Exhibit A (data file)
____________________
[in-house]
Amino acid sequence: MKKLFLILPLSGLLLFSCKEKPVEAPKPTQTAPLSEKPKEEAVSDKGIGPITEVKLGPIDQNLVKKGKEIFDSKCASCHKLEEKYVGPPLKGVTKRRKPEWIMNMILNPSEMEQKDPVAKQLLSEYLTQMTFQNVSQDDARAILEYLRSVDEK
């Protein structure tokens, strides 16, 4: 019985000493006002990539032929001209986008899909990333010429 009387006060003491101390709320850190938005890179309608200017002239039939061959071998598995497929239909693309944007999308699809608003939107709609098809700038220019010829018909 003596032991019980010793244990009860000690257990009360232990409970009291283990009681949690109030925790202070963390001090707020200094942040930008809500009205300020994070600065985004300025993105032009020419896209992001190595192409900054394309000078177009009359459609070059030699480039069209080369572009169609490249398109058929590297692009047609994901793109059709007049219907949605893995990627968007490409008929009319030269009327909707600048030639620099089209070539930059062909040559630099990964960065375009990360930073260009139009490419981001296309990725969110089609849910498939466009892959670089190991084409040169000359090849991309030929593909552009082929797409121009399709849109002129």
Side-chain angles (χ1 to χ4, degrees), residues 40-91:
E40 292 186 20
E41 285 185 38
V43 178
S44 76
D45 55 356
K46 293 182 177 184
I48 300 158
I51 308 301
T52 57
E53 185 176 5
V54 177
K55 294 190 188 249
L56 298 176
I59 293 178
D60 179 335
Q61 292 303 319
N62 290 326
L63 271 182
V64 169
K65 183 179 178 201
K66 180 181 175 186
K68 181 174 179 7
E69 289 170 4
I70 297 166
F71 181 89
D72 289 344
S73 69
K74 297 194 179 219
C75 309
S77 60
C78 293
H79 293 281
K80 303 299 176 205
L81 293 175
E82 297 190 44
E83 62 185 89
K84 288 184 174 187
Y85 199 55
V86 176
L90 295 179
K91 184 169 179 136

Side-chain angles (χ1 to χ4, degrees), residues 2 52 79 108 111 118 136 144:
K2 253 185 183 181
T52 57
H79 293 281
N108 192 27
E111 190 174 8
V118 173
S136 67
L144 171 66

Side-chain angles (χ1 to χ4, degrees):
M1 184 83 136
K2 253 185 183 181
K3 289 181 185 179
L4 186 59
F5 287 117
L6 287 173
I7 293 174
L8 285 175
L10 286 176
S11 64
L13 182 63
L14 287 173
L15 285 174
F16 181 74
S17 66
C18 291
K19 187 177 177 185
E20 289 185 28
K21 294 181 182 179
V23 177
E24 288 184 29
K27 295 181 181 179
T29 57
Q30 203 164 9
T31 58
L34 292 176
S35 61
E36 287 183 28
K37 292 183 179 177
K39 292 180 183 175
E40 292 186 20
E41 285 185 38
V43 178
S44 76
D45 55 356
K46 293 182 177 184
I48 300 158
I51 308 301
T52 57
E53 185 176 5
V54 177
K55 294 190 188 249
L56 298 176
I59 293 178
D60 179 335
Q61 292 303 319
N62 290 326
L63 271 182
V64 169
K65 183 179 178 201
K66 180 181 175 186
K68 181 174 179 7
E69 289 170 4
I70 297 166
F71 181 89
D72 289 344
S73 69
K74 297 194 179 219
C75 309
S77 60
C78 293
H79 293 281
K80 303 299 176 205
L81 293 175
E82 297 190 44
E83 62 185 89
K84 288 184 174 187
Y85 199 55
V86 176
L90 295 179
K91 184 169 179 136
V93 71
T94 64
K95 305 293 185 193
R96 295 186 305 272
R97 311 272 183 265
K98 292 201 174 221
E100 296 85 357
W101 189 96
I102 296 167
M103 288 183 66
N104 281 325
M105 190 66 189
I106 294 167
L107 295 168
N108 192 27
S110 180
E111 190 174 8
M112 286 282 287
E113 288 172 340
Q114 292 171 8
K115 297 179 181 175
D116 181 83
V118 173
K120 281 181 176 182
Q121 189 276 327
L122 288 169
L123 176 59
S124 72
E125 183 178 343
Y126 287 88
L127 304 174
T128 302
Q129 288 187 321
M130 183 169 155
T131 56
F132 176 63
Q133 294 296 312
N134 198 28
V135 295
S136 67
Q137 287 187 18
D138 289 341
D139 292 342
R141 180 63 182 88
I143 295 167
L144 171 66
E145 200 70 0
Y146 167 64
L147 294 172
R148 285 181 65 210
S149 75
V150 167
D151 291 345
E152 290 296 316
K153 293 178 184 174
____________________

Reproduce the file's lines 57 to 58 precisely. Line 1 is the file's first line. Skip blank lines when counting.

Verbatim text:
K2 253 185 183 181
K3 289 181 185 179